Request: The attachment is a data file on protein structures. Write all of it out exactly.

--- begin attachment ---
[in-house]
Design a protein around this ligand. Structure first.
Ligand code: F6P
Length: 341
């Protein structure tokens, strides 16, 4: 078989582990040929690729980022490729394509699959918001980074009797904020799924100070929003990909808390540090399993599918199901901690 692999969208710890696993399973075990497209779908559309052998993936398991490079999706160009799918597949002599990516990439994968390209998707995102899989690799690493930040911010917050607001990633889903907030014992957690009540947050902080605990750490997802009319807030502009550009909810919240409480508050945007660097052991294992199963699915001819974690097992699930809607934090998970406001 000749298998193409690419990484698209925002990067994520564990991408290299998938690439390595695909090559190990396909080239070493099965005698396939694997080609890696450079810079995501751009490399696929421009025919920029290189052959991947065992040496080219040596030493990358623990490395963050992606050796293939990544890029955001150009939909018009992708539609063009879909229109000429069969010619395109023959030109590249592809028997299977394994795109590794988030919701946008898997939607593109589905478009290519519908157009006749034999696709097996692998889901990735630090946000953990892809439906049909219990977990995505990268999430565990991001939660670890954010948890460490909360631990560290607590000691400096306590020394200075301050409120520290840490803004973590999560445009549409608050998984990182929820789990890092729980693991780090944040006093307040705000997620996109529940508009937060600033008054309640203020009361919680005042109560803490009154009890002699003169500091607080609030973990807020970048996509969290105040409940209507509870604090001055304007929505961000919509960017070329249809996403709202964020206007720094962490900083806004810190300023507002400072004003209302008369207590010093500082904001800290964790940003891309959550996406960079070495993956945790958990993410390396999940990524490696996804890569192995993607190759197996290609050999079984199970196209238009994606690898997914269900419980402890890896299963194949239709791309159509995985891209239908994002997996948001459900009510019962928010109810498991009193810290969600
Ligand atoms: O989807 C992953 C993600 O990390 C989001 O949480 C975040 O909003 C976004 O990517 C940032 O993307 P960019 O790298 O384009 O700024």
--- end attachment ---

[in-house]
Design a protein around this ligand. Structure first.
Ligand code: F6P
Length: 341
């Protein structure tokens, strides 16, 4: 078989582990040929690729980022490729394509699959918001980074009797904020799924100070929003990909808390540090399993599918199901901690 692999969208710890696993399973075990497209779908559309052998993936398991490079999706160009799918597949002599990516990439994968390209998707995102899989690799690493930040911010917050607001990633889903907030014992957690009540947050902080605990750490997802009319807030502009550009909810919240409480508050945007660097052991294992199963699915001819974690097992699930809607934090998970406001 000749298998193409690419990484698209925002990067994520564990991408290299998938690439390595695909090559190990396909080239070493099965005698396939694997080609890696450079810079995501751009490399696929421009025919920029290189052959991947065992040496080219040596030493990358623990490395963050992606050796293939990544890029955001150009939909018009992708539609063009879909229109000429069969010619395109023959030109590249592809028997299977394994795109590794988030919701946008898997939607593109589905478009290519519908157009006749034999696709097996692998889901990735630090946000953990892809439906049909219990977990995505990268999430565990991001939660670890954010948890460490909360631990560290607590000691400096306590020394200075301050409120520290840490803004973590999560445009549409608050998984990182929820789990890092729980693991780090944040006093307040705000997620996109529940508009937060600033008054309640203020009361919680005042109560803490009154009890002699003169500091607080609030973990807020970048996509969290105040409940209507509870604090001055304007929505961000919509960017070329249809996403709202964020206007720094962490900083806004810190300023507002400072004003209302008369207590010093500082904001800290964790940003891309959550996406960079070495993956945790958990993410390396999940990524490696996804890569192995993607190759197996290609050999079984199970196209238009994606690898997914269900419980402890890896299963194949239709791309159509995985891209239908994002997996948001459900009510019962928010109810498991009193810290969600
Ligand atoms: O989807 C992953 C993600 O990390 C989001 O949480 C975040 O909003 C976004 O990517 C940032 O993307 P960019 O790298 O384009 O700024």